January is Radon Action Month

January is National Radon Action Month as designated by the US Environmental Protection Agency.  But why should you care?

The #1 cause of lung cancer, and lung cancer deaths, after smoking is radon.

Did you know that radon causes more deaths than home fires, drownings, and airplane crashes combined?

Radon Protection

Source: EPA.gov

Radon is essentially a silent carcinogen; it has no smell, no color, no taste, and cannot be detected without special measuring equipment.  Radon comes from the decay of rocks or soils containing uranium.  While the main source of radon is from bedrock, it can also be found in construction materials that have been mined — marble, granite, and even concrete aggregate.

Radon is believed to be the main source of passive radiation most people receive. No, not your cell phone, nor your microwave, but radon, that comes from the ground or from the walls around you is the main source of radiation in daily life.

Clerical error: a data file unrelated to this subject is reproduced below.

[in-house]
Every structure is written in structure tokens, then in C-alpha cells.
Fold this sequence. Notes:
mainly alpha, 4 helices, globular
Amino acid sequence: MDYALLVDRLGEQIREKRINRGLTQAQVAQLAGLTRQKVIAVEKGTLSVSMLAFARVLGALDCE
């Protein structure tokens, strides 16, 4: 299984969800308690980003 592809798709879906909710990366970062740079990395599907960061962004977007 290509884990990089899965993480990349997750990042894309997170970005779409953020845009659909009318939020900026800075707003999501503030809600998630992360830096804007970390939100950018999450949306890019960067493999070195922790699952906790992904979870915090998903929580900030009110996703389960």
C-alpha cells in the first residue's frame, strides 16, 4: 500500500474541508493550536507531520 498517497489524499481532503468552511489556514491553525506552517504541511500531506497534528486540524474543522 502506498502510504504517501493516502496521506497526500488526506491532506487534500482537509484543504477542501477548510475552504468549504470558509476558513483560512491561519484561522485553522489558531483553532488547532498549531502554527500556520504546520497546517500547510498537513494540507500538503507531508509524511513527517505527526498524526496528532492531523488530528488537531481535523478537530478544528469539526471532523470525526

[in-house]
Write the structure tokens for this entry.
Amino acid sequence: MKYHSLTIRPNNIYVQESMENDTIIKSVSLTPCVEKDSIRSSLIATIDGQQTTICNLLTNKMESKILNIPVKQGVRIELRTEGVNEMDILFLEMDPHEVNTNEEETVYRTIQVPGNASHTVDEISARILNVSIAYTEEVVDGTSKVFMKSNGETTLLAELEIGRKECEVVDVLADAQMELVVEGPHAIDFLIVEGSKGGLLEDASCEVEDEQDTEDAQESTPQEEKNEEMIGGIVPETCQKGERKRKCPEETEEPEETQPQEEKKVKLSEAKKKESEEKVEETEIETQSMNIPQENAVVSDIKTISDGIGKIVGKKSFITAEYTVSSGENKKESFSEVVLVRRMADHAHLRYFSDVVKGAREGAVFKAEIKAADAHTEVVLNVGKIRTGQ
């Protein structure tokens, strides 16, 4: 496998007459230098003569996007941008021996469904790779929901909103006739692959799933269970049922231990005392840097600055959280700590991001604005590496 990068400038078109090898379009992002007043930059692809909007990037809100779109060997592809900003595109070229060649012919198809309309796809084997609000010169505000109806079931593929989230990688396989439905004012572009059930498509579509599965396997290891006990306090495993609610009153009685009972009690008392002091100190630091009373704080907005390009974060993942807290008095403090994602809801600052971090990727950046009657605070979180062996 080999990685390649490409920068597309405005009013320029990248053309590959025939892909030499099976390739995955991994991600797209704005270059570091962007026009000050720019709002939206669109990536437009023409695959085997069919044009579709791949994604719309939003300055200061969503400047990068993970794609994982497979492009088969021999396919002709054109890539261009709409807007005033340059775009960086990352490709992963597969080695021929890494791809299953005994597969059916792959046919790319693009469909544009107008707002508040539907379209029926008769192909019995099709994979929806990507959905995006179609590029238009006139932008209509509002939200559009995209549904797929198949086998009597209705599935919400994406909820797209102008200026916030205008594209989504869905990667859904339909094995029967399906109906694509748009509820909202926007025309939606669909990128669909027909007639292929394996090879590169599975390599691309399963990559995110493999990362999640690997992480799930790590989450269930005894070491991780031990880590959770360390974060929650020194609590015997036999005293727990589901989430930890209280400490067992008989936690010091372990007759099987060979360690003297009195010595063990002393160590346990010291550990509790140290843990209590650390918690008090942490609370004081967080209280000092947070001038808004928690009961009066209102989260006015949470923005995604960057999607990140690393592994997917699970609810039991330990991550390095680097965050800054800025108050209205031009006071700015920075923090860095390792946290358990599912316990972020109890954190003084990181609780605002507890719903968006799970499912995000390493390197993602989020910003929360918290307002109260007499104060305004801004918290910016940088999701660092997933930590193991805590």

So what can you do? Get tested.

More about radon on PureLiving China | EPA | Wikipedia

What about radon in China?

In 1996 China’s ministries issued standards for radon in homes and underground construction. 1996年,国家质量技术监督局和卫生部联合发布了《住房氡浓度控制标准》和《地下建筑氡及其子体控制标准》,以此来控制室内氡的水平. (Source) Indoor air quality testing in China has found caves in Gansu, buildings in Guangzhou made with cinder blocks, and semi-basement housing to have the highest levels of radon in China.

You may be a candidate for radon testing if you:

  • Live on or near the ground floor
  • Have tables, countertops, etc made of natural stone (marble, granite)
  • Live in an building with original concrete built in the 1970s or earlier
  • Are in a high-risk group: smokers (radon and smoking results in 3x higher cancer rates than both separately), women (incidence of  radon-induced lung cancer is 50% higher), or children (developing lungs, higher breathing rate)

The WHO has been working with Shanghai’s Hong Kou district to increase awareness and education about radon. Generally speaking there is low awareness and low risk of radon-related deaths in China, except in special circumstances.

If you have any concerns about radon in your living or working environment, please contact us.

This entry was posted in News and tagged , , , , . Bookmark the permalink.


Your email address will not be published.

You may use these HTML tags and attributes: <a href="" title=""> <abbr title=""> <acronym title=""> <b> <blockquote cite=""> <cite> <code> <del datetime=""> <em> <i> <q cite=""> <strike> <strong>